Bradford Athletics

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Bradford Tennis Tips - Strokes

How to Hit a Tennis Forehand

Are your forehand ground strokes not making it over the net? Try these steps to improve not only your skills, but your enjoyment of the game.

  • STEP 1: Position yourself just inside the court's baseline and near the center line.
  • STEP 2: Keep your feet at the width of your shoulders.
  • STEP 3: Hold the racket at about waist level directly in front of you.
  • STEP 4: Bend your knees slightly. You should be able to feel some strain on the quadriceps muscles in your thighs.
  • STEP 5: As the ball is hit toward you, turn your shoulders to the right (or left, if you're left-handed). Lower the racket head toward the playing surface.
  • STEP 6: Pivot on your right (or left) foot. With your other foot, step forward and across your body and plant this foot pointed at a 45-degree angle toward the right (or left) net post. At the same time, swing the racket backward while pulling it up from the ground.
  • STEP 7: Stop the backswing when the head of the racket is slightly below waist level and your arm is extended and relaxed. The racket, and your arm, should be perpendicular to the net.
  • STEP 8: Wait for a split second. Before the ball reaches you, pause for a moment by holding the racket in the backswing position.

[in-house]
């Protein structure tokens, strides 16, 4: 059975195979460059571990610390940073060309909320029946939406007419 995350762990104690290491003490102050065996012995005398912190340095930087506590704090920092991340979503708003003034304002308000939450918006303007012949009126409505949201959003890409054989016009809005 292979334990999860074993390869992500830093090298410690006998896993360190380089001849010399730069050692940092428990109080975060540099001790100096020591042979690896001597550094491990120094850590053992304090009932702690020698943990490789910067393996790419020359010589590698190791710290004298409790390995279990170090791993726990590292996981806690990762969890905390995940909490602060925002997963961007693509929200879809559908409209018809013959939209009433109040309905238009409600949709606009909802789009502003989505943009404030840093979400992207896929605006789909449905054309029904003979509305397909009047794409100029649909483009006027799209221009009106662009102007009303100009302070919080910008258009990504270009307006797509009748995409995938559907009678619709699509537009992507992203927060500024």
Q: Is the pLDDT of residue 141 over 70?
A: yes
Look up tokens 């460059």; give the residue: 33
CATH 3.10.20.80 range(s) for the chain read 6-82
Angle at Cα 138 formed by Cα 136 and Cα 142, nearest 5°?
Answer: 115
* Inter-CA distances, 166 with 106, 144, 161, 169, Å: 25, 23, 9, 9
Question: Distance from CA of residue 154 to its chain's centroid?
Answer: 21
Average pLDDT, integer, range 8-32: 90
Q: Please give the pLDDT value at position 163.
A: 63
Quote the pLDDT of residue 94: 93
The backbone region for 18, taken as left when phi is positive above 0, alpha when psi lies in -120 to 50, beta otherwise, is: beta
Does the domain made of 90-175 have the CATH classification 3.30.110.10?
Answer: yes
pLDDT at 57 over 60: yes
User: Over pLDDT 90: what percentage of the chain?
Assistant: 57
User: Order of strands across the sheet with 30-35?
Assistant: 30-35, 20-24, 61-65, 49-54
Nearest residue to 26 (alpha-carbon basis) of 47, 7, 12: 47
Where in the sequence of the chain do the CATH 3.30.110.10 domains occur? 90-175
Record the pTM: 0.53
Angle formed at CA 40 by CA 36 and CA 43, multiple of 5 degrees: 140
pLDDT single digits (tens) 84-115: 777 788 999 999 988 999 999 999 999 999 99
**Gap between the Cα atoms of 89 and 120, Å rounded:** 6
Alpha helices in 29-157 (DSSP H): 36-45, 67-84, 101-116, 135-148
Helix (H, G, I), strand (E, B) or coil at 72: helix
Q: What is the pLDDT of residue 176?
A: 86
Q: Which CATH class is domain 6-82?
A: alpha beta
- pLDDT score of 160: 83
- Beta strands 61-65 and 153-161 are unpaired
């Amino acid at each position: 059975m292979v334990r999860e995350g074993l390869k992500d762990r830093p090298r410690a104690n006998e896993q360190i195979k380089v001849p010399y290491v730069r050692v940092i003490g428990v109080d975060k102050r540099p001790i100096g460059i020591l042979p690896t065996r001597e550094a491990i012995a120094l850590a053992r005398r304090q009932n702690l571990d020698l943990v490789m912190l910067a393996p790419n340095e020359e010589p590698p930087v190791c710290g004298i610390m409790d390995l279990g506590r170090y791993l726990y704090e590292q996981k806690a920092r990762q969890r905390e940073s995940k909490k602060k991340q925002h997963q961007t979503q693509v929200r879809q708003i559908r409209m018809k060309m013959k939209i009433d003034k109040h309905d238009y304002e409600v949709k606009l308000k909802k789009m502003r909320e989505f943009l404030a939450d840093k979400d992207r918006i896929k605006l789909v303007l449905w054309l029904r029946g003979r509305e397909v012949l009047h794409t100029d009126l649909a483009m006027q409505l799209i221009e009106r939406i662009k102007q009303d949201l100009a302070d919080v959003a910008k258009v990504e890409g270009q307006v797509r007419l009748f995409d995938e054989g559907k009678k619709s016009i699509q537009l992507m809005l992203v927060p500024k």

• STEP 9: Begin driving the racket forward with your shoulders. Try not to allow your arm to change position and exert more pressure on the swing. Grip the racket firmly but avoid squeezing the handle too hard.
  • STEP 10: With the ball at waist height (and you bending or straightening your knees accordingly), continue the swing, making contact with the ball at a point slightly in front of your body.
  • STEP 11: Follow through by driving the racket forward so that it ends up above your shoulders, pointing up to the sky and in the direction of the ball you just hit.
  • STEP 12: Quickly get back into original position for the next shot.


  • Always pull the racket back as soon as the ball is approaching your forehand side. Your backswing should come from the shoulders, not the arm.
  • If you have to hit a running forehand, push your momentum up from the foot opposite to your forehand side. For example, use your left foot to lean into a ball hit to your right side.
  • Try to hit the ball on the sweet spot (middle area) of the racket. This gives you a solid forehand by maximizing the efficiency of the shot.
  • Using a two-handed forehand is quite difficult. If you're a beginner, learn the one-handed approach for more control and power. Leave the two-handed technique for your backhand.